Depression worsens survival, outcomes in heart failure patients

March 25, 2007

Older heart failure patients with depression have a significantly greater risk of death, stroke or transient ischemic attack (TIA) and acute myocardial infarction (AMI) compared with those without depression, reported Aldo Maggioni, MD, during the American College of Cardiology's 56th annual scientific session.

Older heart failure patients with depression have a significantly greater risk of death, stroke or transient ischemic attack (TIA) and acute myocardial infarction (AMI) compared with those without depression, reported Aldo Maggioni, MD, during the American College of Cardiology's 56th annual scientific session.

"Depression is associated with 11% to 25% of chronic heart failure (CHF) cases," said Dr. Maggioni, ANMCO Research Center, Chieti, Italy. "While the impact of depression in coronary artery disease is clear, it has been less clear for CHF."

To evaluate the impact of depression on elderly CHF patients he analyzed two regional Italian hospital discharge records, prescription databases, and vital statistics and identified 18,623 patients from 2000 to 2003. Median age was 78.6 years; 59.3% were female. Of these, 2,405 (12.9%) had been treated for depression.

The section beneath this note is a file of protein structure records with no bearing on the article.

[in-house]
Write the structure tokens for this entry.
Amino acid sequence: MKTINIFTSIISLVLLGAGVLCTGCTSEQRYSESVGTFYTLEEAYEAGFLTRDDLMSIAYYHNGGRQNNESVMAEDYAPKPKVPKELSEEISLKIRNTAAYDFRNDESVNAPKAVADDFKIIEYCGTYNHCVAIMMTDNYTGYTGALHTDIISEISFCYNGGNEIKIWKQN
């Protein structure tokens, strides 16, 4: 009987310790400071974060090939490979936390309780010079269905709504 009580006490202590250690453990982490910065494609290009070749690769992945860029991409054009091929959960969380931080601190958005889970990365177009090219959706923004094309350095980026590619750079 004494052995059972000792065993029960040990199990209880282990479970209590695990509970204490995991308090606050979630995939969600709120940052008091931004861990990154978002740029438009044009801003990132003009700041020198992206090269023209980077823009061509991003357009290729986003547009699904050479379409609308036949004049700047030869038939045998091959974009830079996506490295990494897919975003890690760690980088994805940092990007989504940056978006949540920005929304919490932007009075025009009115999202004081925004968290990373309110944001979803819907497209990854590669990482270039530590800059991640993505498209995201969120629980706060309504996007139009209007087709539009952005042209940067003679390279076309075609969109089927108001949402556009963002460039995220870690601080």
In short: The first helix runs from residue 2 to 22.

Patients with depression were significantly older (79.2 years vs. 78.5 years), were more likely female (69% vs. 57.9%) and more often had a history of peripheral vascular disease (3.5% vs. 2.6%) or stroke (2.4% vs. 1.1%). The depressed heart failure patients were also more likely to have chronic obstructive pulmonary disease or a history of malignancy.

After following the patients for 1 year, Dr. Maggioni found that the risk of all cause mortality was 47% among the depressed CHF patients compared with 12% for those who were not depressed. In addition, depression was associated with a 53% risk of the composite endpoint of stroke, TIA, and AMI compared with only a 20% risk among CHF patients without depression. Depression also increased the rate of all-cause rehospitalization (27% vs. 9%) but did not increase the risk of rehospitalization specifically for CHF.

"In patients over age 60 with CHF, depression is frequent and independently associated with poorer outcomes," Dr. Maggioni said. He emphasized that clinicians should improve their ability to recognize depressive symptoms in their CHF patients and refer patients for depression diagnosis and treatment. "Treatment for depression in heart failure is important and may help improve relevant outcomes," he said.